The ancient Greeks used mirrors that were held in the hand or stood independently. This free-standing example of a well established type consists of a base, a supporting figure, and the mirror disk embellished with additional figures around its periphery. The woman, who is probably mortal, wears a woolen garment, a peplos. Above her fly two personifications of love, erotes; originally hounds and hares would have coursed around the disk and a sphinx or siren would have perched on top. The variety of component parts are integrated into a whole that is both balanced and dynamic.
[Prior to 1990, reportedly with Heidi Vollmoeller, Galerie Heidi Vollmoeller, Zurich, Switzerland]; purchased by Athanasios Ghertsos, Greek Consul in Zurich, from Galerie Heidi Vollmoeller; ca. 1990, purchased by Frieda Tchacos Nussberger from Athanasios Ghertsos; [ca. 1990-1993, with Frieda Tchacos Nussberger, Gallerie Nefer, Zurich]; 1993, purchased by Thomas A. and Colette Spears from Frieda Tchacos Nussberger; 1993-2011, collection of Thomas A. and Colette Spears, New York; from 1999, on loan to the Metropolitan Museum of Art; acquired in 2011, gift of the family of Thomas A. Spears.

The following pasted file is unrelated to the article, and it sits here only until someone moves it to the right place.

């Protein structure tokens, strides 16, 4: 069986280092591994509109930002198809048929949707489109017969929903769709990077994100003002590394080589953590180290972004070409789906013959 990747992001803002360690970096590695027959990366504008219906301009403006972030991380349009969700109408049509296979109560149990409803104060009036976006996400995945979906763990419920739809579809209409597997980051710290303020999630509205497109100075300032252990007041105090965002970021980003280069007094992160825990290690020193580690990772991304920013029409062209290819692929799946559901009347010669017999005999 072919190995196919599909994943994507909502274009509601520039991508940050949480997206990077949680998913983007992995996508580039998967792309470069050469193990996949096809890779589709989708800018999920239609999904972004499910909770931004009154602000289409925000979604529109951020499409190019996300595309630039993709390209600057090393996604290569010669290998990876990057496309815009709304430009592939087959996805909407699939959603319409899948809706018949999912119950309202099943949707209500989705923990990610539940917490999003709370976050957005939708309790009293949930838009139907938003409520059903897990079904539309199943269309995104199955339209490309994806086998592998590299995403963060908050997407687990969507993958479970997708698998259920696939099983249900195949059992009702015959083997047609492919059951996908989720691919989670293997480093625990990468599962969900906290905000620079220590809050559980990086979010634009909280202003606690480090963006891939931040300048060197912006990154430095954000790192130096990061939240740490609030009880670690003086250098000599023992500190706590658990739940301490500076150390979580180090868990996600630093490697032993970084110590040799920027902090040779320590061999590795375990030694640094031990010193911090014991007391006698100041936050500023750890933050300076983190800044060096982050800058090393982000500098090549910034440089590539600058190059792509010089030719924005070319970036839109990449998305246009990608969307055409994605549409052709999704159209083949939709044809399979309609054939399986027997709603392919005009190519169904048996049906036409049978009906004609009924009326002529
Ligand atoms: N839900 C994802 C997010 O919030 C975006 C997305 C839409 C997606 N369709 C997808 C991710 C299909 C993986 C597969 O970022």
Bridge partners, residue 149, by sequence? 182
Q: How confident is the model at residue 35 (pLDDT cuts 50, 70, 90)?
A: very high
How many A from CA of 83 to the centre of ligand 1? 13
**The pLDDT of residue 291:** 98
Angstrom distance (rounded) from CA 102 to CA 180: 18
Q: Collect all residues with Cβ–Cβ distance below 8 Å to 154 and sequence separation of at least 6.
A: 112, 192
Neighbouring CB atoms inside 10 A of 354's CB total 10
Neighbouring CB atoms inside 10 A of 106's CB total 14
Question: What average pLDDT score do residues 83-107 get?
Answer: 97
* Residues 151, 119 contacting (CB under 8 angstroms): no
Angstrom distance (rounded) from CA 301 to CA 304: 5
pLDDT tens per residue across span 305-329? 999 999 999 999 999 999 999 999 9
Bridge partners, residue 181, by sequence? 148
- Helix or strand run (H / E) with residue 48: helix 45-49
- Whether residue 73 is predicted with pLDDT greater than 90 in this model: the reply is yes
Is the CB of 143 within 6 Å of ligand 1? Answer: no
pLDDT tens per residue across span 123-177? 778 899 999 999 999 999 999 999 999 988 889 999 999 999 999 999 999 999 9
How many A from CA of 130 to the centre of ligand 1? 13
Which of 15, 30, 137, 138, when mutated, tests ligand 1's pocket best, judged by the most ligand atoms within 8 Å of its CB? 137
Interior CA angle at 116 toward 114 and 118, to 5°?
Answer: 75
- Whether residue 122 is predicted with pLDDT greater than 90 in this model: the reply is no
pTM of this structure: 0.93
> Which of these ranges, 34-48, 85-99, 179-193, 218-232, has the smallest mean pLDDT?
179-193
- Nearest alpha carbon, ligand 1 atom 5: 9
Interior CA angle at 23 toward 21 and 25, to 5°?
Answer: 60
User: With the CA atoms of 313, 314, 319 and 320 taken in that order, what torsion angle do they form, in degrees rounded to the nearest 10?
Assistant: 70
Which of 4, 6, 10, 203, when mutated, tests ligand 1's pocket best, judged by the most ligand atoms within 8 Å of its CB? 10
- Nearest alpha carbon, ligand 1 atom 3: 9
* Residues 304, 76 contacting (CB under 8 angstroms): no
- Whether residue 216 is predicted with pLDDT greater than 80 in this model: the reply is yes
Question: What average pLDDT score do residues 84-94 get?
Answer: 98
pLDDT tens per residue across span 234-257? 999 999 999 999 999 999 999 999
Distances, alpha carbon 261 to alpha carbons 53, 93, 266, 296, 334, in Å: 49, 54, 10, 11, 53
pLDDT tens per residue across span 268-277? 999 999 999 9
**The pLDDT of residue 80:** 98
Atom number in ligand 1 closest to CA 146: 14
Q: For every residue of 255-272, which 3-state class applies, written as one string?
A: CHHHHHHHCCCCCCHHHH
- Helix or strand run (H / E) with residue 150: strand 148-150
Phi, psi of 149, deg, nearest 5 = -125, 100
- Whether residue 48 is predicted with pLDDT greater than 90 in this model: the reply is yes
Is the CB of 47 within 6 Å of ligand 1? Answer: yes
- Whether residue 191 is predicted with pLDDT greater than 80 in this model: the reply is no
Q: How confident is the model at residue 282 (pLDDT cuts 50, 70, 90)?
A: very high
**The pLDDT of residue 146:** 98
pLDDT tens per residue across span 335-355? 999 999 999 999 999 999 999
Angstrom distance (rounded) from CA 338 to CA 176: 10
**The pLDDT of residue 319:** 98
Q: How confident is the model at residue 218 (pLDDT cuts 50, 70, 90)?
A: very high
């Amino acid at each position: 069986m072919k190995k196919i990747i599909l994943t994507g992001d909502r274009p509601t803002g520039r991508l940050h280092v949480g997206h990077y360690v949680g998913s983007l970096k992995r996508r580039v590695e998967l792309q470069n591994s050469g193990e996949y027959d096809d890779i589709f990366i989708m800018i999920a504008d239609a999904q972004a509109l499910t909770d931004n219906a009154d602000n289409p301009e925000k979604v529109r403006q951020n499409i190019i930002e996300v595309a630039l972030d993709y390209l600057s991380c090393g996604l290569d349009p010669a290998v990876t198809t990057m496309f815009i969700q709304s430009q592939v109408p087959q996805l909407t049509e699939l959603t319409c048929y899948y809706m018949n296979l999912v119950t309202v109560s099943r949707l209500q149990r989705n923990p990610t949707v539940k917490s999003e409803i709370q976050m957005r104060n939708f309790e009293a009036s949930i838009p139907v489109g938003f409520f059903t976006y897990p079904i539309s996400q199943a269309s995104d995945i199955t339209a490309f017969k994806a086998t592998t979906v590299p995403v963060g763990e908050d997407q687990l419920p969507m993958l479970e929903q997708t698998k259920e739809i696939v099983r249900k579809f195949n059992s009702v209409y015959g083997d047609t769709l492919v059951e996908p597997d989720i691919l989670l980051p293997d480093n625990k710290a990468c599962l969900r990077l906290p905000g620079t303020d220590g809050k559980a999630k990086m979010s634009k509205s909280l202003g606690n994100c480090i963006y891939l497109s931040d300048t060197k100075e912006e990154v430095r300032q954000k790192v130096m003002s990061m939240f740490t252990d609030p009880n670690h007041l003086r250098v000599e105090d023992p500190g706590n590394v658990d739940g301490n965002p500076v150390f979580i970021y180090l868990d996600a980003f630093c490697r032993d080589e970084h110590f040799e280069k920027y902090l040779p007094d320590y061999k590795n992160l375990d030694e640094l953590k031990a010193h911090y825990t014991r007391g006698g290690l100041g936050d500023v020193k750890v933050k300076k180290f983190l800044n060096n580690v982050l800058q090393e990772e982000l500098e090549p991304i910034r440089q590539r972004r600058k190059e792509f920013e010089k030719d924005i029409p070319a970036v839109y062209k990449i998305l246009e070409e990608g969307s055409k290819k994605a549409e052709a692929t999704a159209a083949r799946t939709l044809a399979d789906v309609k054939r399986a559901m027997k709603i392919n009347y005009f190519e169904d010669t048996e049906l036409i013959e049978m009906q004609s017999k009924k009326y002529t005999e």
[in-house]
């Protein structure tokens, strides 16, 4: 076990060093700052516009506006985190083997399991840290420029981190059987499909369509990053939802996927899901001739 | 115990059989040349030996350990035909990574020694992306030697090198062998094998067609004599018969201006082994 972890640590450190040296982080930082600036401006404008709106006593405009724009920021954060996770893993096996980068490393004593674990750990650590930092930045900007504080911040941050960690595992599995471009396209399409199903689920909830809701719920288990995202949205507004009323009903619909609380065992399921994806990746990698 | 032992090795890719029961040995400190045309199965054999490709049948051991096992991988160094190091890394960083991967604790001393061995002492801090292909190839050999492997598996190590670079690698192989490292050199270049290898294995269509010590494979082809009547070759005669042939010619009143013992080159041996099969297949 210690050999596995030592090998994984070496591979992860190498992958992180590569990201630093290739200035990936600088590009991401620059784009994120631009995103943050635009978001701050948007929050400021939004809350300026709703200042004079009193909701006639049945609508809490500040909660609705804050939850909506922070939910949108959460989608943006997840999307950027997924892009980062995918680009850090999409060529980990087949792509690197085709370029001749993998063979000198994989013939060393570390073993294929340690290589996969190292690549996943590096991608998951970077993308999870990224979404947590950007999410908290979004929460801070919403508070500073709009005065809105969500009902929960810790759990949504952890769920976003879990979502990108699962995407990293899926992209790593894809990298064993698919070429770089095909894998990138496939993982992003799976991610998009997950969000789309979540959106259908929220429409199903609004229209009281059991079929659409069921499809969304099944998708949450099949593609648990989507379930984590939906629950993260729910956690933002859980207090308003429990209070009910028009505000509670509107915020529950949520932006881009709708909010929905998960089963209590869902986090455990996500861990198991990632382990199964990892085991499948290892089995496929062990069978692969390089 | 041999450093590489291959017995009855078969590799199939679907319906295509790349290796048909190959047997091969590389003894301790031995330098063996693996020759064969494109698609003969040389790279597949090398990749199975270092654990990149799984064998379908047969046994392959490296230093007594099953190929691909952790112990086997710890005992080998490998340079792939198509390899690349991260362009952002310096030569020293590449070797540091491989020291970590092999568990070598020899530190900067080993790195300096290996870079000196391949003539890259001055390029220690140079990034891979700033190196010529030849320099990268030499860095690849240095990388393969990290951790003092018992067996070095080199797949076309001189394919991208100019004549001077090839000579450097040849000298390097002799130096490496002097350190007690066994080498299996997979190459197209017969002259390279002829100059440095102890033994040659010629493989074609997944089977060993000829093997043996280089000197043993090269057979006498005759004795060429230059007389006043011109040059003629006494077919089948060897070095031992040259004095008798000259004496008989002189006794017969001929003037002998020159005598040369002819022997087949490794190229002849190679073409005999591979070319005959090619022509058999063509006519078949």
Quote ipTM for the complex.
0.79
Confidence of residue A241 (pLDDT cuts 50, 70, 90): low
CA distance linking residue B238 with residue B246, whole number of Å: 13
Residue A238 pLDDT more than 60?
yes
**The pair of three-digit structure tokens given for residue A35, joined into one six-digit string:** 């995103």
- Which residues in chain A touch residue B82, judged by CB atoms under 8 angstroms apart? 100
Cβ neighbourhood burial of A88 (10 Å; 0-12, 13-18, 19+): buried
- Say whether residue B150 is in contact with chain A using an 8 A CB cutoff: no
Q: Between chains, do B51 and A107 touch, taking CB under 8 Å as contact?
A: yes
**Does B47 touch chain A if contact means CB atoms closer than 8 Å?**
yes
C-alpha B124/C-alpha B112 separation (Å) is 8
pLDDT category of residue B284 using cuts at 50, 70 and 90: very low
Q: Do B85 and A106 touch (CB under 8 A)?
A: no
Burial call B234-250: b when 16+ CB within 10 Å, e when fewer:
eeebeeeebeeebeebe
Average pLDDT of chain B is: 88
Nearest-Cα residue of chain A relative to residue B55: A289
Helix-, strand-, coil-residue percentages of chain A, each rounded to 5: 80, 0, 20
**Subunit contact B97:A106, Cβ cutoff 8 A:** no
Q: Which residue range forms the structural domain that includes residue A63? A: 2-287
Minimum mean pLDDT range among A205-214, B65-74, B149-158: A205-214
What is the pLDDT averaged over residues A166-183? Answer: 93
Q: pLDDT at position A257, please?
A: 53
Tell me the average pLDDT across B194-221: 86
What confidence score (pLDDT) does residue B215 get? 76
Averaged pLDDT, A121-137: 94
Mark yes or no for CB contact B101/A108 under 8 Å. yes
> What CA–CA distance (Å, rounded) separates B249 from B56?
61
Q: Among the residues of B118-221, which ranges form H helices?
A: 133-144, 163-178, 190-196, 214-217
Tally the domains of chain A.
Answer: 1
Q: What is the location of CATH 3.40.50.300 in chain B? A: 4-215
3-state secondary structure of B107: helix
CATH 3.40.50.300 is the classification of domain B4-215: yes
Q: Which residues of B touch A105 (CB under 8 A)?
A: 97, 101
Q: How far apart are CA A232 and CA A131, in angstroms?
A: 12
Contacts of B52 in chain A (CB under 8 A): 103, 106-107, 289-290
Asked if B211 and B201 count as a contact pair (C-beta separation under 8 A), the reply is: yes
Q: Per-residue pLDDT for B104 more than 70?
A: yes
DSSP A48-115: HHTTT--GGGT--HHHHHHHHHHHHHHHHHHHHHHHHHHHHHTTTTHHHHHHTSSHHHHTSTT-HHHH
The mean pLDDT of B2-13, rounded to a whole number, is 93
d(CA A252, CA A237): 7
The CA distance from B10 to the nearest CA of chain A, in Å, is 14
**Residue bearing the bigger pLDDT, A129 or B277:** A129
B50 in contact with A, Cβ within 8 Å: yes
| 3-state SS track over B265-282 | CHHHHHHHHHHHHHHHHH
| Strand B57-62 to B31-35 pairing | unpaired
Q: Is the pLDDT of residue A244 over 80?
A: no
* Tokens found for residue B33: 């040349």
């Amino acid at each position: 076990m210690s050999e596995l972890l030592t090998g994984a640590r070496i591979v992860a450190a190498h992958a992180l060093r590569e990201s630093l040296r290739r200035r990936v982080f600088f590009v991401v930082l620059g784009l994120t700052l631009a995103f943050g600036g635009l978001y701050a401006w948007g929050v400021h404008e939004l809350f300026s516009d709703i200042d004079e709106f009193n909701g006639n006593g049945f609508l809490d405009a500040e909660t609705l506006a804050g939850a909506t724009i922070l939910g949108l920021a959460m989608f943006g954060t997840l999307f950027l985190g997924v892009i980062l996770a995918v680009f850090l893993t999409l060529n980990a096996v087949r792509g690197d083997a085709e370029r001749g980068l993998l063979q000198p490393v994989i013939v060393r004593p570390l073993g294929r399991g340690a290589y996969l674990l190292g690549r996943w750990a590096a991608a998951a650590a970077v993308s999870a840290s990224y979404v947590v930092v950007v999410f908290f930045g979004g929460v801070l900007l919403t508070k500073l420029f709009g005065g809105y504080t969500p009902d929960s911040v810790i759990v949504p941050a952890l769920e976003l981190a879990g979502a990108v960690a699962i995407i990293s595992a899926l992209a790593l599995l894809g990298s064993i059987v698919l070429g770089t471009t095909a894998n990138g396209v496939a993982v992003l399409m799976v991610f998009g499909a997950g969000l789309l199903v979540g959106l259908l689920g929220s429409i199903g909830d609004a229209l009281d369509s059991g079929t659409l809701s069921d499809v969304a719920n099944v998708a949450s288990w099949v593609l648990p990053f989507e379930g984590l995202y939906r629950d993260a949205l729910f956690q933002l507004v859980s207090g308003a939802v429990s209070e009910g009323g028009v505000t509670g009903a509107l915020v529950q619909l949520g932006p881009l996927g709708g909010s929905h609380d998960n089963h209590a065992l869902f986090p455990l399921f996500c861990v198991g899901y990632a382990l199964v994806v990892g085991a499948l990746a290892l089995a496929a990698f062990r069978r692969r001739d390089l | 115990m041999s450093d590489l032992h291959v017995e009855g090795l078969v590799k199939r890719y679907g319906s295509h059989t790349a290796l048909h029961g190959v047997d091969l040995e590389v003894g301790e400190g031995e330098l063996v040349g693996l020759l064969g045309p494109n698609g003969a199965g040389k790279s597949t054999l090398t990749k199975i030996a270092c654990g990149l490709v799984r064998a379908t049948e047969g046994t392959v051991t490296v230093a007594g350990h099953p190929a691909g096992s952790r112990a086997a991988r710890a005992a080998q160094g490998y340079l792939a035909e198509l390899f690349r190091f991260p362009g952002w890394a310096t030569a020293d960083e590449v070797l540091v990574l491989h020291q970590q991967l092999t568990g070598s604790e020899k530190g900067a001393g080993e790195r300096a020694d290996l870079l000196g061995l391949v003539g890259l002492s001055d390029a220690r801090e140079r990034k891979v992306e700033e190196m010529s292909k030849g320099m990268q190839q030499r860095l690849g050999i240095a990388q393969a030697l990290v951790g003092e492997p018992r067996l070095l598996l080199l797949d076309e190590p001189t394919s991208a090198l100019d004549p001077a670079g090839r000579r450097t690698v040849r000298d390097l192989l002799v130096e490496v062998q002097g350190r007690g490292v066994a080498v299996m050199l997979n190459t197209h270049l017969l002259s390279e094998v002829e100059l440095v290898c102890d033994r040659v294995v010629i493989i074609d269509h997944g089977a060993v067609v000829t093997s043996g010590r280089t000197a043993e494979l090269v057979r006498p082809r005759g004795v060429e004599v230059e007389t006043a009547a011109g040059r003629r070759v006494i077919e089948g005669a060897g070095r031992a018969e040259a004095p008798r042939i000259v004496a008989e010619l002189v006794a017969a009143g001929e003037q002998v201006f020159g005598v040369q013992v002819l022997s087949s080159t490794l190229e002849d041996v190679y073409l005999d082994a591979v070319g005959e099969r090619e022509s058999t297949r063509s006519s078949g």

Picón, Carlos A., Joan R. Mertens, Christopher S. Lightfoot, Dr. Seán Hemingway, and Kyriaki Karoglou. 2012. "Recent Acquisitions: A Selection 2010–2012." Bulletin of the Metropolitan Museum of Art, 70(2): p. 10.